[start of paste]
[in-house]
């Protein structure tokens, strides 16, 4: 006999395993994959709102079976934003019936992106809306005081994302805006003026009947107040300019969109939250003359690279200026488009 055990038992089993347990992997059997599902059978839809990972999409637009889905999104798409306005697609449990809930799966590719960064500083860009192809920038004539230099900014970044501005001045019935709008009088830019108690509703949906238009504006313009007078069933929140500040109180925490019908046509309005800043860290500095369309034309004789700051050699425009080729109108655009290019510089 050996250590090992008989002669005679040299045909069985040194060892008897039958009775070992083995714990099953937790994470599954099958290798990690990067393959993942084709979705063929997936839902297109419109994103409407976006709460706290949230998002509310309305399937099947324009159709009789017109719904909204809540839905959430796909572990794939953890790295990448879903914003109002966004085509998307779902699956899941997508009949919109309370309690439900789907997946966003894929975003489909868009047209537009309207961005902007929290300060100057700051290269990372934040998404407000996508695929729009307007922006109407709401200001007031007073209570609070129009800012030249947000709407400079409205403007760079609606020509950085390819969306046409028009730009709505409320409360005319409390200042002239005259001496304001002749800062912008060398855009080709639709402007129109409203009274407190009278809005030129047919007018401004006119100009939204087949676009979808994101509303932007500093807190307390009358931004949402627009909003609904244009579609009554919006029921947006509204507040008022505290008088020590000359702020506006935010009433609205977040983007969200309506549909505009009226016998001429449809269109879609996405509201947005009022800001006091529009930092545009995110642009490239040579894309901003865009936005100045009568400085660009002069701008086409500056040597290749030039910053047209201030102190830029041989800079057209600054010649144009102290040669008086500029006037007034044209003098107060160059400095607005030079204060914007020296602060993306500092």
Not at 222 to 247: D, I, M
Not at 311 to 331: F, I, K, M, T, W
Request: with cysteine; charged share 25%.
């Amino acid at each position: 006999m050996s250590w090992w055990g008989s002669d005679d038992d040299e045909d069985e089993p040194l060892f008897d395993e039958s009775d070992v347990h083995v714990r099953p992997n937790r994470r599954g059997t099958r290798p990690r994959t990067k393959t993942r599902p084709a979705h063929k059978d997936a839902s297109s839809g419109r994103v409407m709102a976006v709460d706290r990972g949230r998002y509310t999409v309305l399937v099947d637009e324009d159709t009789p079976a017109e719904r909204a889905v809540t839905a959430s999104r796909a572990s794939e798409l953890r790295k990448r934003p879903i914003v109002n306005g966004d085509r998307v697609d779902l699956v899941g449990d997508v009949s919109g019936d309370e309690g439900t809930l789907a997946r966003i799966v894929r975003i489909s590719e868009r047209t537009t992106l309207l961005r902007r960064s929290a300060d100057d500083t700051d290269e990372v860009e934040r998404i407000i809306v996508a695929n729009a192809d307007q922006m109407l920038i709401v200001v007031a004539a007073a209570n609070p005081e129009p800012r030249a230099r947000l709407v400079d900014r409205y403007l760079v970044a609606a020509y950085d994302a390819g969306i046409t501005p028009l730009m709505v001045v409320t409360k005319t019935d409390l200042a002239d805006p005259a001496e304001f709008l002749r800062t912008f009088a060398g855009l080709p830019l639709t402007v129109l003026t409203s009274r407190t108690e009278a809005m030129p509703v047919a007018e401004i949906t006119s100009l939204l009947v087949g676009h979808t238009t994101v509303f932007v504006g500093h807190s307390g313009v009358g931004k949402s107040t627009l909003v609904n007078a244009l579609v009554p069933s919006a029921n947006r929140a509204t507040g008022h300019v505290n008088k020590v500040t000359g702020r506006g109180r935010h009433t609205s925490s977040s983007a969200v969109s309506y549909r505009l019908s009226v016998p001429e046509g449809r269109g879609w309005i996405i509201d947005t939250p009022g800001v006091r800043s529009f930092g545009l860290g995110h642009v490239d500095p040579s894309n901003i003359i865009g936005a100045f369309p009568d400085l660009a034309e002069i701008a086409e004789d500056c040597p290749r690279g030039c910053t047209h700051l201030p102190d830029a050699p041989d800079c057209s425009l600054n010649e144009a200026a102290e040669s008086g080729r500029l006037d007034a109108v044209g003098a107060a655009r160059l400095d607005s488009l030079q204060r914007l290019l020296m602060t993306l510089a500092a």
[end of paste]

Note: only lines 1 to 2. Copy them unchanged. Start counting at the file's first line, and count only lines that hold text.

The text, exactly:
[in-house]
């Protein structure tokens, strides 16, 4: 006999395993994959709102079976934003019936992106809306005081994302805006003026009947107040300019969109939250003359690279200026488009 055990038992089993347990992997059997599902059978839809990972999409637009889905999104798409306005697609449990809930799966590719960064500083860009192809920038004539230099900014970044501005001045019935709008009088830019108690509703949906238009504006313009007078069933929140500040109180925490019908046509309005800043860290500095369309034309004789700051050699425009080729109108655009290019510089 050996250590090992008989002669005679040299045909069985040194060892008897039958009775070992083995714990099953937790994470599954099958290798990690990067393959993942084709979705063929997936839902297109419109994103409407976006709460706290949230998002509310309305399937099947324009159709009789017109719904909204809540839905959430796909572990794939953890790295990448879903914003109002966004085509998307779902699956899941997508009949919109309370309690439900789907997946966003894929975003489909868009047209537009309207961005902007929290300060100057700051290269990372934040998404407000996508695929729009307007922006109407709401200001007031007073209570609070129009800012030249947000709407400079409205403007760079609606020509950085390819969306046409028009730009709505409320409360005319409390200042002239005259001496304001002749800062912008060398855009080709639709402007129109409203009274407190009278809005030129047919007018401004006119100009939204087949676009979808994101509303932007500093807190307390009358931004949402627009909003609904244009579609009554919006029921947006509204507040008022505290008088020590000359702020506006935010009433609205977040983007969200309506549909505009009226016998001429449809269109879609996405509201947005009022800001006091529009930092545009995110642009490239040579894309901003865009936005100045009568400085660009002069701008086409500056040597290749030039910053047209201030102190830029041989800079057209600054010649144009102290040669008086500029006037007034044209003098107060160059400095607005030079204060914007020296602060993306500092």